b. Expanding the coverage of security cameras to all municipalities.
c. In coordination with municipalities, the support of private surveillance systems using cameras.
d. The industrial sector will not hesitate in providing to Guatemalans the technology it has to meet the challenge.

8) Stop creating more Plans and Planning Commissions
a. Focusing on taking the fight against insecurity as the main responsibility for the remainder of the term.
b. Effective actions and presenting monthly reports on the state of security in the country.

Mr. President, surely these are not the only actions whihc Guatemalans can propose, whom we would ask also to provide actions in order to preserve life. The Chamber of Industry of Guatemala is at the service of Guatemalans who wish to transmit their proposals or demands.

The Government has already started working in solidarity to the Guatemalan people, now must focus on safety.

What we hope, Mr. President, is to implement them quickly and effectively. Take a step forward in defense of Guatemalans, especially those living in regions most affected by crime.

Step forward means you accept our proposals and we can see it implemented in 30 days.

30 days in which 500 other Guatemalans may die, but hopefully after implemented we can live in a safer country.

Mr. President, it is your responsibility!!!!!!

More on this topic

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March 2016

Businessmen have stated their categorical opposition to statements made by a government official that confuse extortion with the funding of organized crime.

The statements by the Technical Secretary of the Presidency of El Salvador, Roberto Lorenzana, against companies in the country that suffer from extortion caused a strong reaction from the private sector, four days after Industrias La Constancia publicly announced that it was suspending operation of its plants because of increasing insecurity and violence.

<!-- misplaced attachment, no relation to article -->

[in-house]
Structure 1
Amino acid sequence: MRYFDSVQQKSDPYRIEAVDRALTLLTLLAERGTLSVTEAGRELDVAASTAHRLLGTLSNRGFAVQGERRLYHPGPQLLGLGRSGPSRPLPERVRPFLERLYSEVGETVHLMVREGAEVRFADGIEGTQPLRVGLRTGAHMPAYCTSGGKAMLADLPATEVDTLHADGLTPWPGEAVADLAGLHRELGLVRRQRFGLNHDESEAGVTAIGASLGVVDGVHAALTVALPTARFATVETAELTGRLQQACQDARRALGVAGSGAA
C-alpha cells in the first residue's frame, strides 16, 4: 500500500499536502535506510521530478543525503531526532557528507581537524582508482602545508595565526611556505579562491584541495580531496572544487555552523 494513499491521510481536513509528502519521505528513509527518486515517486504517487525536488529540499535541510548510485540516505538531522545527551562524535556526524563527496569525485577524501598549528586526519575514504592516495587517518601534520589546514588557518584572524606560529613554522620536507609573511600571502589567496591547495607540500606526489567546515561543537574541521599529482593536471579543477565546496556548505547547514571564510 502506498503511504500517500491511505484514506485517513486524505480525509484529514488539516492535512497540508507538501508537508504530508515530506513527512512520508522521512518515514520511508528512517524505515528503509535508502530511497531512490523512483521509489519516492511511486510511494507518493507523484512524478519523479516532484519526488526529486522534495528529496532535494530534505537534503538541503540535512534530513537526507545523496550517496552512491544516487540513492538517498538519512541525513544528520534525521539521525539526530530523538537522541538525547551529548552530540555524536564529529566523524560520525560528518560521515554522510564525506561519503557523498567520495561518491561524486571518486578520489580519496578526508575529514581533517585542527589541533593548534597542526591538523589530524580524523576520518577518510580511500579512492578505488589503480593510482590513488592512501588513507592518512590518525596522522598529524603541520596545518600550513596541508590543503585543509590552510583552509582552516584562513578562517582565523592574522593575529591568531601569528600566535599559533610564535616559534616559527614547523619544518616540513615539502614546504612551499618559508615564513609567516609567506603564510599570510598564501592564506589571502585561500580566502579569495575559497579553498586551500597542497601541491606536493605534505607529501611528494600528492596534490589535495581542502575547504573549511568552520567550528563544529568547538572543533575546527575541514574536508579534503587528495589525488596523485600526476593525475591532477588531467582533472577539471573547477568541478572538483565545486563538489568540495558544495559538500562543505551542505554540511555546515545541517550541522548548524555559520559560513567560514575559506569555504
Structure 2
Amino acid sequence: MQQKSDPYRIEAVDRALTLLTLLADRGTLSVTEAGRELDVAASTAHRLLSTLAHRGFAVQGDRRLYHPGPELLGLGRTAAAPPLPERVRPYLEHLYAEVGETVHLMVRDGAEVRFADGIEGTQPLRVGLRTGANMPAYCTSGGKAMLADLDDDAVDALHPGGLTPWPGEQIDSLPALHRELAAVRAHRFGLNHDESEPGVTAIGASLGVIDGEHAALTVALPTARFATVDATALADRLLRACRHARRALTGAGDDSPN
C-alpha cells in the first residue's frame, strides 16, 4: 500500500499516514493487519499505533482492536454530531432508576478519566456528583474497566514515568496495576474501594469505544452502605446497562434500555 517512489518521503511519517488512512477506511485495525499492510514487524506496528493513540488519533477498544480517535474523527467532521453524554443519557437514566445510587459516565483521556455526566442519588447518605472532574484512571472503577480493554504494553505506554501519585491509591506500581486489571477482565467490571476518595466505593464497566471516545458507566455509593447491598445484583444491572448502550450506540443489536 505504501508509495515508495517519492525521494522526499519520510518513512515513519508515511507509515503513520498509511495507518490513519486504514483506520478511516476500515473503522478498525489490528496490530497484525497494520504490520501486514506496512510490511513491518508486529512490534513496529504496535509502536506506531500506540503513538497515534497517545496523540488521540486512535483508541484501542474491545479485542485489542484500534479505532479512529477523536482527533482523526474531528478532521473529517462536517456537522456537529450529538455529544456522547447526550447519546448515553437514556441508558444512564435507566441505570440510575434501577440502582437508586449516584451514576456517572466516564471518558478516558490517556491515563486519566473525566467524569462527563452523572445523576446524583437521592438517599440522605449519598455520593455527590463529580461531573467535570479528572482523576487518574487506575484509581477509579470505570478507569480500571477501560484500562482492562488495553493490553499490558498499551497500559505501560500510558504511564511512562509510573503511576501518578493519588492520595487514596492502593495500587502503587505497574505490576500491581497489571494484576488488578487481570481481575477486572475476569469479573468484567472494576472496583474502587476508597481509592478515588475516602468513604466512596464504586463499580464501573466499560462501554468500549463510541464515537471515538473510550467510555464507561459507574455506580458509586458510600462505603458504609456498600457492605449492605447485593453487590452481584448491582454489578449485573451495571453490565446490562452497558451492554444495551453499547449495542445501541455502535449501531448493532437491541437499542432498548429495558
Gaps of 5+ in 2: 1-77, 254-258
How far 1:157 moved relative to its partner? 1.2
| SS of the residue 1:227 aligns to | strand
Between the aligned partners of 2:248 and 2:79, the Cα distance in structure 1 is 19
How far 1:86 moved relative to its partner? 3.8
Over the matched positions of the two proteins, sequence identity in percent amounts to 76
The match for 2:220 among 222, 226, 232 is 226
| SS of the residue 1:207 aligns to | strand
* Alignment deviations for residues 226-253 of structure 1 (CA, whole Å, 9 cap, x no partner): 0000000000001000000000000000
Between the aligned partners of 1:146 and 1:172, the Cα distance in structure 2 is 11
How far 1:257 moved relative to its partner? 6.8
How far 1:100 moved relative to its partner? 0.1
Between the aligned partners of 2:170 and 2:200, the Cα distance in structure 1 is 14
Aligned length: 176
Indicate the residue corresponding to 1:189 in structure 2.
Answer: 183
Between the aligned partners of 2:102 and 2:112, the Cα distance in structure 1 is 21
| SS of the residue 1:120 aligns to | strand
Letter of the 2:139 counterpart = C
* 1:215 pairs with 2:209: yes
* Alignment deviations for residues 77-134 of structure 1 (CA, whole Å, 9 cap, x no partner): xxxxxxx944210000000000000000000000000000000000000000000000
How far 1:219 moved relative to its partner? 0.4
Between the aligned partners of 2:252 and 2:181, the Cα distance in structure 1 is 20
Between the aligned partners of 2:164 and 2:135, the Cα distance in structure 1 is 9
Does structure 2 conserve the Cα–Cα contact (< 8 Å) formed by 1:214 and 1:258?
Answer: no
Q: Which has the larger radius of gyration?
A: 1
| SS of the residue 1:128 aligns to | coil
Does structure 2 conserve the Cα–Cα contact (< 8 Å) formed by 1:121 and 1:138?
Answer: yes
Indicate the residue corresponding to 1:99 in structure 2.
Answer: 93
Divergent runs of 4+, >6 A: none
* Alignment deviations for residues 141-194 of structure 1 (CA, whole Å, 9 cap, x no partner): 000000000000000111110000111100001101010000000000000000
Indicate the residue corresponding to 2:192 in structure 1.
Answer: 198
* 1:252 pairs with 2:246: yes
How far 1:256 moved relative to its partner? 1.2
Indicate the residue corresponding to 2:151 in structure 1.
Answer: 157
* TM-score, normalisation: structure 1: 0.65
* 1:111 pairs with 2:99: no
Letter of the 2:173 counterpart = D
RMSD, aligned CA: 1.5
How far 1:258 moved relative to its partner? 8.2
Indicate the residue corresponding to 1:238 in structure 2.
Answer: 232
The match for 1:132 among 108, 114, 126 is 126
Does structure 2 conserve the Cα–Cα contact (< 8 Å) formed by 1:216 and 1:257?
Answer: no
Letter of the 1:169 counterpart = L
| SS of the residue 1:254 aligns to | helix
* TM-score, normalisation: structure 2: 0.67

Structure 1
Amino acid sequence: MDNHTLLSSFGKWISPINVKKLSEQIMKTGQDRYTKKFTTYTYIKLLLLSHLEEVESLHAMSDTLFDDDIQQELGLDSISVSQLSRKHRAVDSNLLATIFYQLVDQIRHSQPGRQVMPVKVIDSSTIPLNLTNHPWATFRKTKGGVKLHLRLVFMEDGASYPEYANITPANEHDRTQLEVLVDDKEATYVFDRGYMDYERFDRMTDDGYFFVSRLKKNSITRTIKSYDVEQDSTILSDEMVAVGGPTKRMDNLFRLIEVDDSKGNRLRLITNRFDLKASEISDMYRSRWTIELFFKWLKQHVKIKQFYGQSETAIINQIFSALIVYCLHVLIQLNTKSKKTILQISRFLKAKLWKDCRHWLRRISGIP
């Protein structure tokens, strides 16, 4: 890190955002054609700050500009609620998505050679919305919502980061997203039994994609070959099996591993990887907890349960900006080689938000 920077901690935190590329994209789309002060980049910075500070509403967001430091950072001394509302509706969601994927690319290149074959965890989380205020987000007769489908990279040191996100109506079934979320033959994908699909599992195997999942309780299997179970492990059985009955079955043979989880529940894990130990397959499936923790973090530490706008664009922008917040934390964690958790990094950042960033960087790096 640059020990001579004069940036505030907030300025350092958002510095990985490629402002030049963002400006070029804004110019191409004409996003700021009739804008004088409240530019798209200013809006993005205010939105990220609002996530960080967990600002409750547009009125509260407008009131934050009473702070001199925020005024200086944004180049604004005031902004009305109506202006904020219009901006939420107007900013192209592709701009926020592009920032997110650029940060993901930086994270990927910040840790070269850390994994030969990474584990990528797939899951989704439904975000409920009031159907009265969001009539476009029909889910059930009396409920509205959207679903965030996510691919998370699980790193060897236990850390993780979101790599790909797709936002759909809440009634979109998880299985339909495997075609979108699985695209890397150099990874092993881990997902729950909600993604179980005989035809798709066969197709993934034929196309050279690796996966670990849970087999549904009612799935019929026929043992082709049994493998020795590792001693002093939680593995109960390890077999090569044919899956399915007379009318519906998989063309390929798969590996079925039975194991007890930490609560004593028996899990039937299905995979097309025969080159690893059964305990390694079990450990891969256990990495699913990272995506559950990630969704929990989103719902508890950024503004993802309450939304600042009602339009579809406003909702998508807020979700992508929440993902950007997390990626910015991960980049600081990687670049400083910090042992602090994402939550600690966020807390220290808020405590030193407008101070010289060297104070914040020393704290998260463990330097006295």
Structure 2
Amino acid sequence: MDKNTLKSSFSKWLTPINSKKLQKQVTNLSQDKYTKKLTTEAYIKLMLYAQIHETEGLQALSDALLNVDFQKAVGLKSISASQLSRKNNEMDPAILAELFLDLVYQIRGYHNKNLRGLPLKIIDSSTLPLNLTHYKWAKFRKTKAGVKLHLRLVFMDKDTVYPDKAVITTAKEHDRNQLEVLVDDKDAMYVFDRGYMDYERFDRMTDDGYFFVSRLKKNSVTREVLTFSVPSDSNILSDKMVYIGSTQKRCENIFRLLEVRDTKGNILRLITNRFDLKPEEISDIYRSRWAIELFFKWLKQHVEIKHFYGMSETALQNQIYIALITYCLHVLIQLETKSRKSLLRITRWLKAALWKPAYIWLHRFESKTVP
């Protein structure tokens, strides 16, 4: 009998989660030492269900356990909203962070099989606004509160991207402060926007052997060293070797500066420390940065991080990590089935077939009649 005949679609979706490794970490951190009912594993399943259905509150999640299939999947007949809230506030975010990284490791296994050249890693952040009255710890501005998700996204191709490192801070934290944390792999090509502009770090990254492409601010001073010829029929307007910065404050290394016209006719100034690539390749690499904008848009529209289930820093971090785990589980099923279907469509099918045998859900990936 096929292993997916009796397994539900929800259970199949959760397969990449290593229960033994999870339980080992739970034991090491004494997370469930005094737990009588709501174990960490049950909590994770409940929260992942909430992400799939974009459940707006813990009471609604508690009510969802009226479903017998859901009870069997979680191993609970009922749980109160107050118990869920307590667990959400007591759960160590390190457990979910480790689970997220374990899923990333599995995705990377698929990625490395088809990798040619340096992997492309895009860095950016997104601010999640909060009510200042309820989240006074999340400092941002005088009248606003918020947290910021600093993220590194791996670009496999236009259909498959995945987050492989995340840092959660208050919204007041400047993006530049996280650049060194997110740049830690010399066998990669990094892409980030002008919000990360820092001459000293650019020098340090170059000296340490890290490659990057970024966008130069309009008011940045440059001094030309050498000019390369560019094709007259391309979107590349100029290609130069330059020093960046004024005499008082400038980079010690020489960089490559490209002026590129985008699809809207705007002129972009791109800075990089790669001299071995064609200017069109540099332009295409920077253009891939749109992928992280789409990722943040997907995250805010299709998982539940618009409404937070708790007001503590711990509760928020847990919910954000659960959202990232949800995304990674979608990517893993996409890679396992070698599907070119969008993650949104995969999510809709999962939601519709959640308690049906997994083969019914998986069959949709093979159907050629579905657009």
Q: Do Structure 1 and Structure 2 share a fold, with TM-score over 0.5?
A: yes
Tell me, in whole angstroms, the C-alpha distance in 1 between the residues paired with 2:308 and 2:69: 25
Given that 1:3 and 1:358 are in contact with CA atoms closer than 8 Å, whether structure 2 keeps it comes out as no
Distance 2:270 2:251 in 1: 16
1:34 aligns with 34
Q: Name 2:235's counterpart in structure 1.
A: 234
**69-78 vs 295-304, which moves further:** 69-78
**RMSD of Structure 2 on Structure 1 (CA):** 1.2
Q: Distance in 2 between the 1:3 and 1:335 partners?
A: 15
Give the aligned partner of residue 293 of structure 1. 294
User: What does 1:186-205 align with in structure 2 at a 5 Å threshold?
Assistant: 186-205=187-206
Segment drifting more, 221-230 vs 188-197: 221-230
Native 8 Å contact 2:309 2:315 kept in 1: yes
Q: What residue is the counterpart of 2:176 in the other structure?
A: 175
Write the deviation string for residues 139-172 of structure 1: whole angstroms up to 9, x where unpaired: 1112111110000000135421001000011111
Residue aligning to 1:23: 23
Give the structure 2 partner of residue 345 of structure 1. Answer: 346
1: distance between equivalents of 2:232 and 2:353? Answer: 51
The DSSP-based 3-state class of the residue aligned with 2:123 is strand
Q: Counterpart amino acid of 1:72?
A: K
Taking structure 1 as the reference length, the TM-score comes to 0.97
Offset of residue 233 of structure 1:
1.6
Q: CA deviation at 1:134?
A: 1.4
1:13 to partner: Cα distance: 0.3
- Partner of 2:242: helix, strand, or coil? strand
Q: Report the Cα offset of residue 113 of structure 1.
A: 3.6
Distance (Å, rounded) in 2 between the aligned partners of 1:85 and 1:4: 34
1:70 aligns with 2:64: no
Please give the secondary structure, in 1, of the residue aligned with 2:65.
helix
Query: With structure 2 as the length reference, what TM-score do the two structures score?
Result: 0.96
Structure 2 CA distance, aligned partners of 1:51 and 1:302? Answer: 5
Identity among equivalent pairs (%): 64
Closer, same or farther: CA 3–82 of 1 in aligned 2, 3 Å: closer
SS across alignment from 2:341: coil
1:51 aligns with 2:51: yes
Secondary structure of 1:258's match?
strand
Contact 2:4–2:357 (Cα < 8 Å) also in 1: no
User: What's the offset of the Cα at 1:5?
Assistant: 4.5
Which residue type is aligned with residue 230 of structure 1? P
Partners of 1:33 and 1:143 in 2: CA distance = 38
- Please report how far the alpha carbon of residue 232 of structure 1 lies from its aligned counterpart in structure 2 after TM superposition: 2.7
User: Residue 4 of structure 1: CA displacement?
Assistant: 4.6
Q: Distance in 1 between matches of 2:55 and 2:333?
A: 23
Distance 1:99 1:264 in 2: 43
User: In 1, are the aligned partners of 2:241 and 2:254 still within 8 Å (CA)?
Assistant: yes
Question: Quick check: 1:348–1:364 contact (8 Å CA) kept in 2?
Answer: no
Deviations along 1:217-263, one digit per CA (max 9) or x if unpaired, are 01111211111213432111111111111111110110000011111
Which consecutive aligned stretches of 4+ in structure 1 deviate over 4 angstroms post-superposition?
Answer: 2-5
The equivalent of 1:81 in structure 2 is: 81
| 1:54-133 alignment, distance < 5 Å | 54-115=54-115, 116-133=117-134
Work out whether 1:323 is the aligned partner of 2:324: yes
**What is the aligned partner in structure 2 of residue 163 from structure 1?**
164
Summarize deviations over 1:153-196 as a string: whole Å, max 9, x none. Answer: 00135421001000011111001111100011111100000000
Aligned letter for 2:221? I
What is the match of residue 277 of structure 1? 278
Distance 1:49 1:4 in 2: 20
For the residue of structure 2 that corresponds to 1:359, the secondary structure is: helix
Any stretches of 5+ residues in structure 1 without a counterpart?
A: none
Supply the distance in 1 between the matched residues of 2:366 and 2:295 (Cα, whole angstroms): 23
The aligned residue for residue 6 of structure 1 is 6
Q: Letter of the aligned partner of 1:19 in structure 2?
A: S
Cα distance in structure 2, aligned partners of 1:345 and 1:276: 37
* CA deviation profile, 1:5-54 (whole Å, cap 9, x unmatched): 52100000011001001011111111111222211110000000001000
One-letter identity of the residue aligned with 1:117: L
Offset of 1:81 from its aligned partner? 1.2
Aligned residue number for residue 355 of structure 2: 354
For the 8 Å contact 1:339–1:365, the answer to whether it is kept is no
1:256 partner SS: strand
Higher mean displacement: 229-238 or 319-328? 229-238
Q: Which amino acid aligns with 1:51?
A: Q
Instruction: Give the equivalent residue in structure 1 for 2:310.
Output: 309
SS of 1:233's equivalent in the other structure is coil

Concern About Rising Crime of Extortion in Guatemala

February 2013

Employers indicate that the cost of paying extortion fees on productive or commercial activities, can amount to up to 1% of sales.

S21.com.gt reports that "The country's industrialists have declared taken their concerns to the Minister of the Interior where they reported being victims of extortion and theft and a killing spree that is maintaining a 'climate of anxiety' in the country, said Javier Zepeda, president of the Chamber of Industry (CIG by its initials in Spanish). "

International Response To Gang Violence

September 2010

New regulations in El Salvador to tackle gang violence foster the development of regional measures to control and proscribe local gangs.

In order to prevent gang members from fleeing the country to avoid jail, especially to Guatemala and Honduras, these countries has activated extra security measures at their borders.

Funes Changes Strategy Against Crime

July 2010

“We know that social inclusion and prevention policies will provide results in the long run, but in the short term we must combat violence with repression”.

An article on BBC World noted that the country changed its crime policies to address a wave of criminal violence that is killing at least 10 people per day in El Salvador.